Then, suitably purged and restored, we can return more effectively to the curbs, compromises, codes and caring that sustain society. Different societies have different comedic rituals for the necessary release from these constraints and Howard Jacobson has had a high old time reading up and witnessing a few of them, making the appropriate comparisons and connections. Thus, there is much baring of normally "private parts" and slopping around with urine and faeces. Or their symbolised equivalents - Jacobson is present at another act of communal purgation at the seaside, this time a pantomime in Bournemouth where two performers pour quantities of brown slime into each other's trousers, squeezing it until "it squelched out at last through the bottoms of their trousers, a shaming slushy sticky custard the colour of shit".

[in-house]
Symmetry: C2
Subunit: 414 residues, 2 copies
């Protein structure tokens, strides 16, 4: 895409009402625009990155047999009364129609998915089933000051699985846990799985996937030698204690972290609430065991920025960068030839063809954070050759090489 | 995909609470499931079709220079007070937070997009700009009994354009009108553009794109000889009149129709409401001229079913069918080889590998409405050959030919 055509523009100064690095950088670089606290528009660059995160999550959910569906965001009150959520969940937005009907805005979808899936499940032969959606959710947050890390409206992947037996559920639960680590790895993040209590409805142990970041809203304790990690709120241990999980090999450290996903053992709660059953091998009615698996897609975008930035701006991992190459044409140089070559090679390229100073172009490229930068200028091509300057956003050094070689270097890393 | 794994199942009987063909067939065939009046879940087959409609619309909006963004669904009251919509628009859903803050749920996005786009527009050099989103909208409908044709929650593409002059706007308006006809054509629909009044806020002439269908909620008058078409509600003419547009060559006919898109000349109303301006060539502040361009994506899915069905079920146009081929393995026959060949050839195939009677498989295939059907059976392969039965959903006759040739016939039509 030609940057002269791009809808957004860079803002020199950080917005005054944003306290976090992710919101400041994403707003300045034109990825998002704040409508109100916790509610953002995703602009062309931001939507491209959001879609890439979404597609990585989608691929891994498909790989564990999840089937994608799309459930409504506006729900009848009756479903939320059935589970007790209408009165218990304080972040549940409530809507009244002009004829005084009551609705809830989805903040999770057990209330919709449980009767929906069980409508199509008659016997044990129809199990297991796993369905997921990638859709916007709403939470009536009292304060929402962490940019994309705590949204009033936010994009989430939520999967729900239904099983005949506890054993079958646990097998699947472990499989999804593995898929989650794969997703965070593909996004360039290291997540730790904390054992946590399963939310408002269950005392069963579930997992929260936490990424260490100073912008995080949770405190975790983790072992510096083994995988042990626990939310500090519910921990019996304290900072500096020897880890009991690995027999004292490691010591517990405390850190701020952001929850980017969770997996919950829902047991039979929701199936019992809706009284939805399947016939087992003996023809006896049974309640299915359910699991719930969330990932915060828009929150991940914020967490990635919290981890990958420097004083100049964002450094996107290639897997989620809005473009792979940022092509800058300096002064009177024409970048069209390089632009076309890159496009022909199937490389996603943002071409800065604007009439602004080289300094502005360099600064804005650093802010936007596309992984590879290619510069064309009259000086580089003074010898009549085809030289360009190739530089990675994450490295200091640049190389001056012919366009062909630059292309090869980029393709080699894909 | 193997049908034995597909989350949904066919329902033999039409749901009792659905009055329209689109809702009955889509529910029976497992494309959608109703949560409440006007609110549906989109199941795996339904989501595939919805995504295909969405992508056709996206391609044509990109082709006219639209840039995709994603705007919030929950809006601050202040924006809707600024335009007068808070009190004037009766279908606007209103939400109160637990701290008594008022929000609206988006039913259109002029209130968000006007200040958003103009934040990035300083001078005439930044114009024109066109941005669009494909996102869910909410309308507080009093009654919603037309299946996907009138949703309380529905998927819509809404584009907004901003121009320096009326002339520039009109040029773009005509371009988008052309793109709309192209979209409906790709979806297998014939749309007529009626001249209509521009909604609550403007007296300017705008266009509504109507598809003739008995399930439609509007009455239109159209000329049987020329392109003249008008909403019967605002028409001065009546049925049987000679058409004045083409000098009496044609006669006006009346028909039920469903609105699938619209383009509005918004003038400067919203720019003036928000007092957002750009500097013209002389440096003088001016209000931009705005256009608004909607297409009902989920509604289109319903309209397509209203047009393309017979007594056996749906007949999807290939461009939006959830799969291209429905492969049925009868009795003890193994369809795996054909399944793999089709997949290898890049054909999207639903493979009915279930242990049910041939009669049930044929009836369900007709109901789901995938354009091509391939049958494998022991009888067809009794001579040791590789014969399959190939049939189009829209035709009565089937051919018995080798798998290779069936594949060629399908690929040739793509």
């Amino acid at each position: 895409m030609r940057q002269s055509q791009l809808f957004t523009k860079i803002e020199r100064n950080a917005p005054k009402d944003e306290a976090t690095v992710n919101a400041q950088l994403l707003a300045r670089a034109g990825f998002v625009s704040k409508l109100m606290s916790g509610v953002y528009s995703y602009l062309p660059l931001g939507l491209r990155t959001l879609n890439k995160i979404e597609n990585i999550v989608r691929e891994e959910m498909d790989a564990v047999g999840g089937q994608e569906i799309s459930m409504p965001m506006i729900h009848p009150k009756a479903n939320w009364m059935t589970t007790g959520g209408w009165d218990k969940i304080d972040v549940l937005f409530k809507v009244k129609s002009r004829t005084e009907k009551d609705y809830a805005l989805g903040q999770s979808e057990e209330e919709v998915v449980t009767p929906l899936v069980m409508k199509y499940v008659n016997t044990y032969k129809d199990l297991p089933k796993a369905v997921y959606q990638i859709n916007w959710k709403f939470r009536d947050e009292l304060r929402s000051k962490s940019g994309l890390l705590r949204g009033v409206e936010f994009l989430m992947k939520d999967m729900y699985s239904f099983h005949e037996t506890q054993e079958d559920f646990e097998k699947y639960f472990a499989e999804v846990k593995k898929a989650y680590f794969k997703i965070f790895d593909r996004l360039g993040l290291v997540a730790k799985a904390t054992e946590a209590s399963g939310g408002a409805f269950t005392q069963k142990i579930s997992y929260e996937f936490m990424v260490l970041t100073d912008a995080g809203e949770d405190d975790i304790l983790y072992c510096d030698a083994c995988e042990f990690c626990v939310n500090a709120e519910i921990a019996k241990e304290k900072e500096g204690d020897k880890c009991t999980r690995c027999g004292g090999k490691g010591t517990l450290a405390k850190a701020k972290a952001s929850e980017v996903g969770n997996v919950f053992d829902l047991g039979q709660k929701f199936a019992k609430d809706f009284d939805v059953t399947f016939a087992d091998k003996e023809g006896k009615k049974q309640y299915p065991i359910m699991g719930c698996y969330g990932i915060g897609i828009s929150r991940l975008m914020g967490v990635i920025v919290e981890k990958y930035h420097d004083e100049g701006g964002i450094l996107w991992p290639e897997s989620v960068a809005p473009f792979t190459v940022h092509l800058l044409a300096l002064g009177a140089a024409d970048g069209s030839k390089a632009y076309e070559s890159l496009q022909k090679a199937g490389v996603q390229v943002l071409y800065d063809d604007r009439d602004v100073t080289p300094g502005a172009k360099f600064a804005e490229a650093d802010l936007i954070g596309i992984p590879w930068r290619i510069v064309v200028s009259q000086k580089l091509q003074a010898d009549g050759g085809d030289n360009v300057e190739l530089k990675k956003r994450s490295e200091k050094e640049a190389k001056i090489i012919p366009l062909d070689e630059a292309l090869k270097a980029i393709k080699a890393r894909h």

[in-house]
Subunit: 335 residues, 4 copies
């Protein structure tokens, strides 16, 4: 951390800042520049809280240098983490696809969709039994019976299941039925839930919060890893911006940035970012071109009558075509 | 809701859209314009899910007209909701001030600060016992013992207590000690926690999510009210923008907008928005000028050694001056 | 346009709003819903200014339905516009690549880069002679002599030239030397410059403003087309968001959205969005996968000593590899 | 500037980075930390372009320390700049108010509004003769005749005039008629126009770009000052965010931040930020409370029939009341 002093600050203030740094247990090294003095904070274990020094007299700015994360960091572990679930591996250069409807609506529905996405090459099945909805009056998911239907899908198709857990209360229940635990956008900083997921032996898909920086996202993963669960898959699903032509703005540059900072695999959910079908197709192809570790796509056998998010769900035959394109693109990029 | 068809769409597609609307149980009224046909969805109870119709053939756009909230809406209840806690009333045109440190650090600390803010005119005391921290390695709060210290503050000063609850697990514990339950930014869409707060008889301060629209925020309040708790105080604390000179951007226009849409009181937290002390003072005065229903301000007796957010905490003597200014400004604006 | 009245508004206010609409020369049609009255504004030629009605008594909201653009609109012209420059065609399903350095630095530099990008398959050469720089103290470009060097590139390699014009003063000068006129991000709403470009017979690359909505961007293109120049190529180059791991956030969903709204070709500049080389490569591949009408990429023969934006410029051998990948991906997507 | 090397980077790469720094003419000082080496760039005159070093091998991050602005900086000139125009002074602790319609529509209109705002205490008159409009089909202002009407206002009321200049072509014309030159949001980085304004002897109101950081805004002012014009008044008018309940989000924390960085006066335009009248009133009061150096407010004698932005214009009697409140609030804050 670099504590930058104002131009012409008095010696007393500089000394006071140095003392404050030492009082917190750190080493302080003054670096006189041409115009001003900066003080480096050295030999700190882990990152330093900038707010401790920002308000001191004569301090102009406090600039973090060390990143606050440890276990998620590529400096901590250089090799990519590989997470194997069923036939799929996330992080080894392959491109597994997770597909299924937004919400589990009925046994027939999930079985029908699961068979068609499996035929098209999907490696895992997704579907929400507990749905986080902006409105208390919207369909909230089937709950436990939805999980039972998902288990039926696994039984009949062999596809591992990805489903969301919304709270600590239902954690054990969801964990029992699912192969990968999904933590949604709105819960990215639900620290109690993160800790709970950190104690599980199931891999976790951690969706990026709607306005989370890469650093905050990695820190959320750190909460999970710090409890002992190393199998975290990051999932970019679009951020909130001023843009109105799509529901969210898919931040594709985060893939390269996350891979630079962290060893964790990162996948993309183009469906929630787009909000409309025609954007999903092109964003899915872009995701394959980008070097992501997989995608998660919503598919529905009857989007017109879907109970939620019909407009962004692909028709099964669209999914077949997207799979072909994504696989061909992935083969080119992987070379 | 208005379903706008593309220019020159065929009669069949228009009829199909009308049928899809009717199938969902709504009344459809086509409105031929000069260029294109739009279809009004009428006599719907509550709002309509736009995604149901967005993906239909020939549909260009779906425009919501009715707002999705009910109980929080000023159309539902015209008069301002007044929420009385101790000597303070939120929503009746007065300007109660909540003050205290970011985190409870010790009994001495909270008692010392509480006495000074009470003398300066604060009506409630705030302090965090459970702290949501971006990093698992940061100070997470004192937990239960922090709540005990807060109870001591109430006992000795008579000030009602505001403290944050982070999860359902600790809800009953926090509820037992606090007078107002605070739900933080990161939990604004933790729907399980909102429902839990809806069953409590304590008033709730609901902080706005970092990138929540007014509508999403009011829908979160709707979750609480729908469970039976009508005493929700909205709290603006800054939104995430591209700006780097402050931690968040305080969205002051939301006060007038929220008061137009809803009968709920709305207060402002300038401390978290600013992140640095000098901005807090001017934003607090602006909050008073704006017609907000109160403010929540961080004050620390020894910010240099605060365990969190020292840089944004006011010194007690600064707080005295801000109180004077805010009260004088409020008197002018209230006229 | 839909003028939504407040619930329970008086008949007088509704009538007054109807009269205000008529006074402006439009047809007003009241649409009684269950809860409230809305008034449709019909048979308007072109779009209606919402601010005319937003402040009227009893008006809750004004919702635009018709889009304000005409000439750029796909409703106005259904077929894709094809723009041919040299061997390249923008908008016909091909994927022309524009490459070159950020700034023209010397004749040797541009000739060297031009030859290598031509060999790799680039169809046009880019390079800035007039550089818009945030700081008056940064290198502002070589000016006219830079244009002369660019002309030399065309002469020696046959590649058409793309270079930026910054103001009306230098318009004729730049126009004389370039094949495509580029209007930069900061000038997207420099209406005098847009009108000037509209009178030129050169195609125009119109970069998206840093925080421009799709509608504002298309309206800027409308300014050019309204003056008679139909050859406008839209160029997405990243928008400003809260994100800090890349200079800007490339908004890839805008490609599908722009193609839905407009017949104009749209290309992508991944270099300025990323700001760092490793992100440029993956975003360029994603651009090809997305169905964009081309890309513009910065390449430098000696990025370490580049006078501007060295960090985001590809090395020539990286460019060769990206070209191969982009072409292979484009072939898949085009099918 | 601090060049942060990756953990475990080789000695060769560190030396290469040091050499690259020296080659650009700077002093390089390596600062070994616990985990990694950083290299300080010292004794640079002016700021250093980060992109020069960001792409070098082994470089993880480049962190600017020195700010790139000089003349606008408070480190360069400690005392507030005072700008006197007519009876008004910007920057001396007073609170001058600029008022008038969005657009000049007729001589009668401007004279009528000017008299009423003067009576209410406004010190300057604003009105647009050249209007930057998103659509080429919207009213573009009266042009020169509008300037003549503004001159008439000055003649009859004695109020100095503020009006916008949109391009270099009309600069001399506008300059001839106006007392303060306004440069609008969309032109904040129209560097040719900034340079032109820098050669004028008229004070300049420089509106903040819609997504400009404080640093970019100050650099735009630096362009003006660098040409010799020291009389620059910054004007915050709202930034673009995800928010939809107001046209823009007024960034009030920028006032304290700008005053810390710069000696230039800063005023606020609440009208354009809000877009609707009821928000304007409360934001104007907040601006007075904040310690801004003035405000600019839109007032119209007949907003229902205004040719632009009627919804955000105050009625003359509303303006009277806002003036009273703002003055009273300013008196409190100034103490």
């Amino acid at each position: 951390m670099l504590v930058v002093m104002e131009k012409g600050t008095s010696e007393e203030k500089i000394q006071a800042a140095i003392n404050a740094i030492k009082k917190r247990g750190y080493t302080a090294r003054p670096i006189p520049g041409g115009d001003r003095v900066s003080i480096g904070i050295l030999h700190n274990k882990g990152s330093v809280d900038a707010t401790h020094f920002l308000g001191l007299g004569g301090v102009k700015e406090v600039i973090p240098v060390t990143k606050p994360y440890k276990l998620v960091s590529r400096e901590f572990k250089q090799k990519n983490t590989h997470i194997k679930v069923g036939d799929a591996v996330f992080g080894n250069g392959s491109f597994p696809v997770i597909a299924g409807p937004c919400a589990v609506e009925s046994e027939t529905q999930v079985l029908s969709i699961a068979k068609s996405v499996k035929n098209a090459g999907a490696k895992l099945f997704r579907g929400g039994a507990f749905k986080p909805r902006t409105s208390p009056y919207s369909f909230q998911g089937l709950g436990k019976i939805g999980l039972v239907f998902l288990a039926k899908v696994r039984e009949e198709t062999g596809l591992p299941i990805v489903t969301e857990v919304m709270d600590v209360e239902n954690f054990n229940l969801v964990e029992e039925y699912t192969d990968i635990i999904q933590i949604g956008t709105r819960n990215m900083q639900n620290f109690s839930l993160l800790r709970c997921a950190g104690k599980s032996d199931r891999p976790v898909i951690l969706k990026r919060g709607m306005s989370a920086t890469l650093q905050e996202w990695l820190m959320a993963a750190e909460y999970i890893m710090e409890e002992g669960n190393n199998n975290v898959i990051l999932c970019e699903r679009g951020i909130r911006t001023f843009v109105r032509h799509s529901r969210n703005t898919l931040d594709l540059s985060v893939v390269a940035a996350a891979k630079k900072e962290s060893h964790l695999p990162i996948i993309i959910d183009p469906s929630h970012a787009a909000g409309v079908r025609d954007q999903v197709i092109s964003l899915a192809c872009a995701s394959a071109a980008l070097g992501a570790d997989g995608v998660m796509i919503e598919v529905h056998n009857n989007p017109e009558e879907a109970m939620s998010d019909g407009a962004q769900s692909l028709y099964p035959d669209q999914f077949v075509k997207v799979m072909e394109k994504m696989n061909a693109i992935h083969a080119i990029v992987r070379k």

From ancient Egypt to modern America, it seems, virtually all societies have had this humorous safety valve, the operation of which they have entrusted to licensed clowns. Some of the most colourful and extreme rituals have historically been found - and chronicled in detail - among the pueblo Indians of North America: the Hopi and the Zuni. And it is "precisely because" such societies are "particular in matters of hygiene and hospitality that they look to clowns to be otherwise".
If all this chaos theory sounds lowering and without hope, it isn't. "Defecation," writes Jacobson, "is the mother of hope." We will always "spill over". And his embrace is not only wide, but warm and celebratory. We may be in the mire, but we're all in it together. Coarseness, insult and invective can, when well-tuned, have us all slapping one another's backs in unity.
`Seriously Funny' begins on Channel 4 on 4 February